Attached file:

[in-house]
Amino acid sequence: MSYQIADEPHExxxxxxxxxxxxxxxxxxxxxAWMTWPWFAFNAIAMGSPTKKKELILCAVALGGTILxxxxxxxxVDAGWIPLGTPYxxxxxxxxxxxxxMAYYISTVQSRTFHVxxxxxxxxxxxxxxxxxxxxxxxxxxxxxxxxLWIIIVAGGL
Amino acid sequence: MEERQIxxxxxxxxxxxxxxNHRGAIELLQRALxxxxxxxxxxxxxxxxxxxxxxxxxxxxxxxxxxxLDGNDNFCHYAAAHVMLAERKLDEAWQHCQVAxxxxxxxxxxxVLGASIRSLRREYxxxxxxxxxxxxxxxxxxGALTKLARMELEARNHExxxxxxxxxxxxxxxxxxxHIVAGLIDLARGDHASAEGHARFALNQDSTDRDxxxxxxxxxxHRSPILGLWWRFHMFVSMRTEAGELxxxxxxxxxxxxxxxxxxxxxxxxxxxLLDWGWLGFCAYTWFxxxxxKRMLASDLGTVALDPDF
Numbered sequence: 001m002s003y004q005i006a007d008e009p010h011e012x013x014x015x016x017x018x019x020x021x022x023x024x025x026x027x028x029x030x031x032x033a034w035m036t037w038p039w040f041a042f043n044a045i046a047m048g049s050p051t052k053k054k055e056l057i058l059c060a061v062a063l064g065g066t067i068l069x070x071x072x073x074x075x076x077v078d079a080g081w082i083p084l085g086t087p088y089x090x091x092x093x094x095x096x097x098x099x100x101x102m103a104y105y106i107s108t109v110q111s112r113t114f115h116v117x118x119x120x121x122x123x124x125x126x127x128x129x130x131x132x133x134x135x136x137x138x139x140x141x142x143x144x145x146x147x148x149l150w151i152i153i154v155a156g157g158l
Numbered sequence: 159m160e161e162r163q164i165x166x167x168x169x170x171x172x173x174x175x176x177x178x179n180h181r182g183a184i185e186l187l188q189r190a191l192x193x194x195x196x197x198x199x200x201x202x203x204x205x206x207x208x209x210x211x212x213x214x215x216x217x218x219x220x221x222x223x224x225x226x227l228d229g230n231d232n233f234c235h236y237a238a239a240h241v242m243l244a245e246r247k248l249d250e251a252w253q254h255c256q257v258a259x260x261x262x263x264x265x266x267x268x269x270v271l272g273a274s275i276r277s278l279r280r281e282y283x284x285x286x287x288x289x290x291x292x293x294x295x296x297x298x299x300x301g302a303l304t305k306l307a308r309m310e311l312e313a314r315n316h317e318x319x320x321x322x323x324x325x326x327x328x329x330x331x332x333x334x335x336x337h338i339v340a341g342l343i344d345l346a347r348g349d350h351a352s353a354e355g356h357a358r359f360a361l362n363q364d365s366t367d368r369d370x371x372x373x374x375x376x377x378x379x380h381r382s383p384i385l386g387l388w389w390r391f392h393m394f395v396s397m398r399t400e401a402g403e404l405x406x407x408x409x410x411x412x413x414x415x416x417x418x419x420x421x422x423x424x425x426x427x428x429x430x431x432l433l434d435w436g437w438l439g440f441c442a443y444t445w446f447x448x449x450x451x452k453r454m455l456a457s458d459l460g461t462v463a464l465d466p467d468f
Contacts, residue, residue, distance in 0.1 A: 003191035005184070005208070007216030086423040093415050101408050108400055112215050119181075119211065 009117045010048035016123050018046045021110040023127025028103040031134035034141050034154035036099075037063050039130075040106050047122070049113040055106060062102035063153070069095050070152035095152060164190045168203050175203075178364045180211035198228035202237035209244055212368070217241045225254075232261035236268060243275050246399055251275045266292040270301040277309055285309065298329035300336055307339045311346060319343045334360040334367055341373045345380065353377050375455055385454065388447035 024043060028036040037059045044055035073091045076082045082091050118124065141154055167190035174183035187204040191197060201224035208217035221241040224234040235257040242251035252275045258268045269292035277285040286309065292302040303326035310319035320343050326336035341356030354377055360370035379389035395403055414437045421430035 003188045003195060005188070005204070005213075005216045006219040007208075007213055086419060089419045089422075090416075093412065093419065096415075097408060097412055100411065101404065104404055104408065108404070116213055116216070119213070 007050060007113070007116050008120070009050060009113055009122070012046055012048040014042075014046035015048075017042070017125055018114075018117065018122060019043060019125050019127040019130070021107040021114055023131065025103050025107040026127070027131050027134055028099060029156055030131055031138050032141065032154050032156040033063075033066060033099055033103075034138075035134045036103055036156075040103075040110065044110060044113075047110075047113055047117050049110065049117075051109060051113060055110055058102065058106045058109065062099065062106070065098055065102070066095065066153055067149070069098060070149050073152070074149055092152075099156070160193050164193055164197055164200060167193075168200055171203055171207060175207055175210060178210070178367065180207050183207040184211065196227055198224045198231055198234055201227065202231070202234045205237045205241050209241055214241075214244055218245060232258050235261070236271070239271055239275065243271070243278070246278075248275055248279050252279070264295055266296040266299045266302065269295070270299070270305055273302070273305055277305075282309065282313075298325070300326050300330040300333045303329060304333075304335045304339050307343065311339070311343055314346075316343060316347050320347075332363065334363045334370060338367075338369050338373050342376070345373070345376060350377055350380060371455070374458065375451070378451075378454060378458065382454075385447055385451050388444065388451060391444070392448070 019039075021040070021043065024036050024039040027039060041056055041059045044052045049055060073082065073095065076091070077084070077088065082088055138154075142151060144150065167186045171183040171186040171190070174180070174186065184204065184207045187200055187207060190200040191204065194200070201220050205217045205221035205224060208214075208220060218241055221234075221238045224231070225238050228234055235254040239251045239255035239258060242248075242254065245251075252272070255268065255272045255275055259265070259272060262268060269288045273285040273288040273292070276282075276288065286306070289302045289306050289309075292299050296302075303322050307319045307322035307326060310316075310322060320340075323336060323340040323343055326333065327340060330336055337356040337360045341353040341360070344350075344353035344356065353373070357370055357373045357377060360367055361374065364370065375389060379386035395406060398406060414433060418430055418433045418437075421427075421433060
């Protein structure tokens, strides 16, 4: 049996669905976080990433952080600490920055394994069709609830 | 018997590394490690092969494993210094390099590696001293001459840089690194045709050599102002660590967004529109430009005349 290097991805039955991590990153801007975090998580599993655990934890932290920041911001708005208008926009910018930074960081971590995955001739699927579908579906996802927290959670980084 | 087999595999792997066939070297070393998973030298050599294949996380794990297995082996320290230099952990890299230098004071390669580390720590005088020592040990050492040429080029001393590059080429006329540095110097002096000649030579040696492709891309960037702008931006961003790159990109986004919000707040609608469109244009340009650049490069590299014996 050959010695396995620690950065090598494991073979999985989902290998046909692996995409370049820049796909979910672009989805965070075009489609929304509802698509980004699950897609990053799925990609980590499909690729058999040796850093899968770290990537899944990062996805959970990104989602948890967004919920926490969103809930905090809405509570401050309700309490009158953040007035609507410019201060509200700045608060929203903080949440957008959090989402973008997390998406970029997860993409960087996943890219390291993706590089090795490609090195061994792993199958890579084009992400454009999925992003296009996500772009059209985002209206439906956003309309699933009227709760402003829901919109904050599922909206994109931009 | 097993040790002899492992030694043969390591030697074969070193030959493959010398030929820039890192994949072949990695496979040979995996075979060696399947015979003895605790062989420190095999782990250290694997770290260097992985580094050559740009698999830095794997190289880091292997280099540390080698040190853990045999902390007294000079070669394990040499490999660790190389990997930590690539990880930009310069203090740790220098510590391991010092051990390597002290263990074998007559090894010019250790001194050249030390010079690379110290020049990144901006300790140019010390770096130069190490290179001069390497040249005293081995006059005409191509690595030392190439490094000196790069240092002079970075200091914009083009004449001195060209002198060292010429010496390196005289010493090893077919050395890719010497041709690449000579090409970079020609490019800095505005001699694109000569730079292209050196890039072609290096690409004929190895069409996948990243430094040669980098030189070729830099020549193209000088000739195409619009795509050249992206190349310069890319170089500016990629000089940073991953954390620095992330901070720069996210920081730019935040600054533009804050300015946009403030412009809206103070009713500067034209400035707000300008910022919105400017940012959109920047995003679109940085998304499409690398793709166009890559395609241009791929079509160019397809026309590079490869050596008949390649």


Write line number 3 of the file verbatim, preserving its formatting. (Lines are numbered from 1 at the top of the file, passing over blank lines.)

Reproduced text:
Amino acid sequence: MEERQIxxxxxxxxxxxxxxNHRGAIELLQRALxxxxxxxxxxxxxxxxxxxxxxxxxxxxxxxxxxxLDGNDNFCHYAAAHVMLAERKLDEAWQHCQVAxxxxxxxxxxxVLGASIRSLRREYxxxxxxxxxxxxxxxxxxGALTKLARMELEARNHExxxxxxxxxxxxxxxxxxxHIVAGLIDLARGDHASAEGHARFALNQDSTDRDxxxxxxxxxxHRSPILGLWWRFHMFVSMRTEAGELxxxxxxxxxxxxxxxxxxxxxxxxxxxLLDWGWLGFCAYTWFxxxxxKRMLASDLGTVALDPDF